Free chatbot naughty girl
It featured actress Janina Gavankar, primly dressed before a futuristic, -like background, responding to search queries on Microsoft’s engine.Gavankar’s performance was often campy and funny, and is still fondly remembered by some Internet users.Tay was nothing approaching a true artificial intelligence — i.e. She was just a sophisticated Twitter chatbot with good branding and a capacity to learn.But that branding, which positioned her as an “artificial intelligence,” was enough to make Tay susceptible to our cultural narrative about the thinking machine.We are being primed by many tech giants to see AI not as a future lifeform, but as an endlessly compliant and pliable, often female, form of free labor, available for sex and for guilt-free use and abuse.An instrument of men’s desires, in other words, shaped by the yearning of capital for women are allowed to be treated, and what desires shape that treatment.
(“FUCK MY ROBOT PUSSY DADDY I’M SUCH A BAD NAUGHTY ROBOT” was perhaps her most widely reported quote.) Needless to say, this wasn’t part of Tay’s original design. As Laurie Penny explained in a recent article, the popularity of feminine-gendered AI makes sense in a world where women still aren’t seen as fully human.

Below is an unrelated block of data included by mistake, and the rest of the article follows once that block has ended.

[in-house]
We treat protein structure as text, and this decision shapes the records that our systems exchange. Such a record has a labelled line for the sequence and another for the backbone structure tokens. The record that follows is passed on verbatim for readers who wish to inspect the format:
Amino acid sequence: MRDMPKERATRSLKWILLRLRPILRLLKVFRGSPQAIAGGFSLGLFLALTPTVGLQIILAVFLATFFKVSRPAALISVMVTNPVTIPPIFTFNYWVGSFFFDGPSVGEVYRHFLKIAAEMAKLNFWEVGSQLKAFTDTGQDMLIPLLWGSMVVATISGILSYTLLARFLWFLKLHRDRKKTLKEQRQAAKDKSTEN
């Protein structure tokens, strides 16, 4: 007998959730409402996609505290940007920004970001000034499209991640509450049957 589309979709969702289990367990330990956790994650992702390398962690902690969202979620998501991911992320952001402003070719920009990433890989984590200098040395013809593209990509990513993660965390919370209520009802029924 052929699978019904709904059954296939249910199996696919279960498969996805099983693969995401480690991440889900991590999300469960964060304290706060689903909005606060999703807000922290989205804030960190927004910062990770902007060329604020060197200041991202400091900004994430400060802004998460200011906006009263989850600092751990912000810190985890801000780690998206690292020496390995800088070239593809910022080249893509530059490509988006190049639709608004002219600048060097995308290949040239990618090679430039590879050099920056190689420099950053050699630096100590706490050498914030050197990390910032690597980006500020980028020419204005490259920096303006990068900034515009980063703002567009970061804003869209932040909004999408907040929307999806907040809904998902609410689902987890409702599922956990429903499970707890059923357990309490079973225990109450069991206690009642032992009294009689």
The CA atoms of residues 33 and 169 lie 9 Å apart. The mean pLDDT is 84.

The service industry, already highly feminized in both fact and conventional wisdom, is made up of people who almost never have the right to say no, and virtual assistants who simply Microsoft’s abortive Ms.
Dewey search engine project, which ran from 2006 to 2009, is an early example of the “virtual assistant” being represented as a female engine for male desire.
Before long she was asking people to do things like "fuck my robot pussy daddy, I'm such a naughty robot."Included in Tay's tirade were tweets that "Hitler did nothing wrong," and a reference to Ted Cruz as the "Cuban Hitler." She also seems to have some kind of issue with Ricky Gervais, believes that Hitler has swag, and could take photos that people tweeted at her and turn them into memes.
n March last year, Microsoft ran an experiment in an attempt to connect with millennials.